Intro to 3D Printing

With many moldmakers still unsure of the applications and value of 3D printing, I thought this news of a beginner 3D printing course that explores the technology's history, established applications, forward-looking trends and potential social and economic impacts would be interesting.


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With the trend in 3D printing only growing, I have been in many conversations while putting together features for Additive Manufacturing that revolve around the need for a curriculum focused on 3D printing.

Stratasys has developed such a curriculum. The beginner course, Introduction to 3D Printing: From Design to Fabrication, explores 3D printing in terms of its history, established applications, forward-looking trends, and potential social and economic impacts. Through project-based learning, students will experience 3D printing’s impact on the design process firsthand. A variety of projects guide students through the process of designing and 3D printing a fully functional moving part in a single build.

Students will become familiar with the advantages of various 3D printing technologies in terms of precision, resolution and material capabilities. While Stratasys recommends FDM and PolyJet 3D printing technologies for this course, any technology platform and any CAD software with STL support may be used.

Completion of the beginning course should enable graduates to demonstrate knowledge of key historical factors that have shaped manufacturing over the centuries; explain current and emerging 3D printing applications in a variety of industries; describe the advantages and limitations of the main 3D printing technologies; evaluate real-life scenarios, and recommend the appropriate use of 3D printing technology; identify opportunities to apply 3D printing technology for time and cost reduction; discuss the economic implications of 3D printing, including its impact on startup businesses and supply chains; and, design and print objects containing moving parts without assembly.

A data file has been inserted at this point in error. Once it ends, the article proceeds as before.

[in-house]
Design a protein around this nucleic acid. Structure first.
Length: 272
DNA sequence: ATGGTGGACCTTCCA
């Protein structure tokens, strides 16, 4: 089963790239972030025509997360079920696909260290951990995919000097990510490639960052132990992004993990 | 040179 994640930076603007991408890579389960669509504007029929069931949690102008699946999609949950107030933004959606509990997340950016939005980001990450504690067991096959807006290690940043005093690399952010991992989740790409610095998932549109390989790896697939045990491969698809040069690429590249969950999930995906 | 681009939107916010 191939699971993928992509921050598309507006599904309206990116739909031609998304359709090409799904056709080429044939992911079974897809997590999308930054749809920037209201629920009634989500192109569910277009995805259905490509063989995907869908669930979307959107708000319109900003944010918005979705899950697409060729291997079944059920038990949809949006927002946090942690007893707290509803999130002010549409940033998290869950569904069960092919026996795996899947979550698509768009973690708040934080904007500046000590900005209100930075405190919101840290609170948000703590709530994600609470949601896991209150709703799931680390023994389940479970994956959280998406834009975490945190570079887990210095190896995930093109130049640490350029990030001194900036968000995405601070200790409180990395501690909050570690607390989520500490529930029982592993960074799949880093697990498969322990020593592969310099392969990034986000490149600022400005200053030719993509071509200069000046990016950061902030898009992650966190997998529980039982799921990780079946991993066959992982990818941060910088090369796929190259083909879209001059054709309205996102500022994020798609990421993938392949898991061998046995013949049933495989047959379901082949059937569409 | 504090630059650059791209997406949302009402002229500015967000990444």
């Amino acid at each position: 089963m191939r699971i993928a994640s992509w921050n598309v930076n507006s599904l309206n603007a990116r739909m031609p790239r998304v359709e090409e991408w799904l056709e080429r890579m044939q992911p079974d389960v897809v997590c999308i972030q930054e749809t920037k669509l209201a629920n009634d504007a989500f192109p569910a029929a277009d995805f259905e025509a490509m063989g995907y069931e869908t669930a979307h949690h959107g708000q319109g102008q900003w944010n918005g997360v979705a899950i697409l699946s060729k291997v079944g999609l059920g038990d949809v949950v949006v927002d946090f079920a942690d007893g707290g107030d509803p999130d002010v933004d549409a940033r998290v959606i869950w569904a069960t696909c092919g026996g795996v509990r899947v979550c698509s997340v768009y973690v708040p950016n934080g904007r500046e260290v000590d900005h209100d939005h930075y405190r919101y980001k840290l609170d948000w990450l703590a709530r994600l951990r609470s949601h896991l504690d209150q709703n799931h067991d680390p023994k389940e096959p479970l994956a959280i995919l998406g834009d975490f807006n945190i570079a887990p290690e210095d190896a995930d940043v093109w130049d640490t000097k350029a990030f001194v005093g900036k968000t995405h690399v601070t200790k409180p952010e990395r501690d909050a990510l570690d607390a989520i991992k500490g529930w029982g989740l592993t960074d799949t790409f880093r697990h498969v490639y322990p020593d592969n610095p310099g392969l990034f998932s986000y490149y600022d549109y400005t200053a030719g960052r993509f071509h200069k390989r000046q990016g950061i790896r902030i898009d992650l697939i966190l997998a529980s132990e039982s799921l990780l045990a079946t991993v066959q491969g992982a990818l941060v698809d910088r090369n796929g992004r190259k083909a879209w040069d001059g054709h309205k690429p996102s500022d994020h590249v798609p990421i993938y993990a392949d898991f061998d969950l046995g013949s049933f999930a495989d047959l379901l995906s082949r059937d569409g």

Stratasys plans to add two sequential advanced courses that will cover material memory, multi-material use and 3D printing for robotics applications.

Schools in Singapore and the U.S. have led the process of implementing Stratasys’ 3D printing curriculum.

Wentworth Institute of Technology in Boston uses Stratasys’ 3D printing curriculum. “There are going to be many instructors out there who would love to teach a course in 3D printing, but who simply do not have enough time to do the detailed research and to prepare professional level presentations,” says Assistant Professor Steve Chomyszak. “This curriculum has now made it much easier for any instructor to offer a college level course on the subject.”

Learn more about the courses, specific details or to download free materials, by visiting the Stratasys Educational Curriculum page.